Interview by Monel Chang
In mid-May, Earthdance hosted iLAND’s (Interdisciplinary Laboratory for Art, Nature and Dance) iLAB residency program in one of their week-long rural research residencies. "iLAND is a dance research organization that investigates the power of dance, in collaboration with other fields, to illuminate our kinetic understanding of the world" (ilandart.org). We hosted six members of the Fantastic Futures, in addition to a multi-disciplinary artist, an evolutionary biologist, and the founder/artistic director of iLAND, Jennifer Monson, among other iLAND board members.
Fantastic Futures is a collaborative team of students, artists, doctors, and future leaders from Iraq and the United States. This group first came together in March, 2013 to begin creating a collaborative project focused on exploring art and the environment.
During iLAND's time at Earthdance, they took samples of salamander tails, went for long walks in the woods, and sat silently in cardinal direction circles to listen—to each other, the earth and to listening itself.
I sat with Jen outside by our garden to ask her about iLAND, their experience at Earthdance, and iLAB’s plans for the future.
Monel: Thank you Jennifer Monson for joining us and representing iLAND this morning. We really appreciate your presence here, and I’m really curious about what encouraged you to spend this time of iLAND’s at Earthdance on a residency.
Jennifer: Well thank you for allowing us to be here and work. It’s been a pleasure and a really rich experience for all of us. The first time I came to Earthdance was when [during] the [Western] Massachusetts Moving Arts Festival, and I was very impressed with the location and I was doing outdoor work at that time. One of the things that Earthdance offers for an Artist-in-Residence like iLAND is fluidity between indoor and outdoor space and the possibility of really shaping our own time and context. This landscape of western Massachusetts is very generous and I don’t know if benign is the right word, but it offers the body a kind of a soft landing unlike, say, an urban landscape, or where I spend a lot of time-- the high dessert. It’s more harsh in a lot of ways. So there’s…I find this landscape is a great place to experiment with movement and this land around here is very well stewarded. So it’s a very healthy forest, there’s a lot of wildlife and flora and fauna that’s very accessible. We were working here with a scientist. So specifically for this residency…I also participated in two SEEDS (Somatic Experiments in Earth, Dance, and Science) and those were fantastic. And one workshop I taught with Simon Whitehead who is a Welsh environmental artist. That experimenter was very profound here at Earthdance. We only had a bout eight participants and it was very rich. I knew Earthdance would provide the same resources and a sense of community and respectfulness of community and space, which is important to folks at iLAND. So this residency in particular working with…iLAND supports what we call iLAB residencies. They are a combination of artists, scientists, social scientists, environmentalists, ecologists—we’ve been primarily focusing on Urban Ecology so iLAB residency’s goal is hopefully generate interdisciplinary collaborative processes from engaging the urban environment in different forms that are focused in dance and movement but that include different visual art forms—landscape architecture and urban design. And this residency in particular is working with this scientist that is looking at biodiversity across a gradient that goes from the urban to the rural. SO he’s actually doing rural samples here. So western Massachusetts will be apart of his study—in looking at rural diversity in salamanders.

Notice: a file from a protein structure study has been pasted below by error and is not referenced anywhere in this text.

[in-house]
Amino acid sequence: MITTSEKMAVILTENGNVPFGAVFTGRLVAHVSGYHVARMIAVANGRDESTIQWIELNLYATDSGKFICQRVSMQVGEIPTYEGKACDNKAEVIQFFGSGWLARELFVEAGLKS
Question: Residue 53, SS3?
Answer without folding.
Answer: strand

Monel: So how are you able to use that vision of urban ecology vs. movement and the arts at Earthdance– was Earthdance a sample of the same activity done in different areas?
Jennifer: Yes, so this is the beginning of this iLAB residency for this year, so they haven’t ever worked together before. ILAND wanted to create an open container to help them think about how they would develop these collaborative practices. You know, we’ve been doing these residencies for seven years now and in the urban environment it’s harder to get this immersive space—people are very busy in their other lives, and this is our second experiment doing rural residencies. So part of it was to give an immersive, intensive, collaborative experiences for people to get to know each other and share practices. And also specifically this Earthdance did become a sample site. The salamander tails have been capture and logged and their genomic information will be created. But each one of the artists worked with another… each one of the residents worked collaboratively wit another residence to generate a creative practice that they would engage the whole group in. So the five or six days we were here were are real opportunity to experiment with different practices that now the residents will take back to a particular park in Queens that they are researching. I think their practices will be deeply influenced by this one and they will be able to see this gradient in their experience between this very rural, for me, restful space at Earthdance and the chaotic and hectic environment in the city.
Monel: Thank you.
Jennifer: You’re welcome!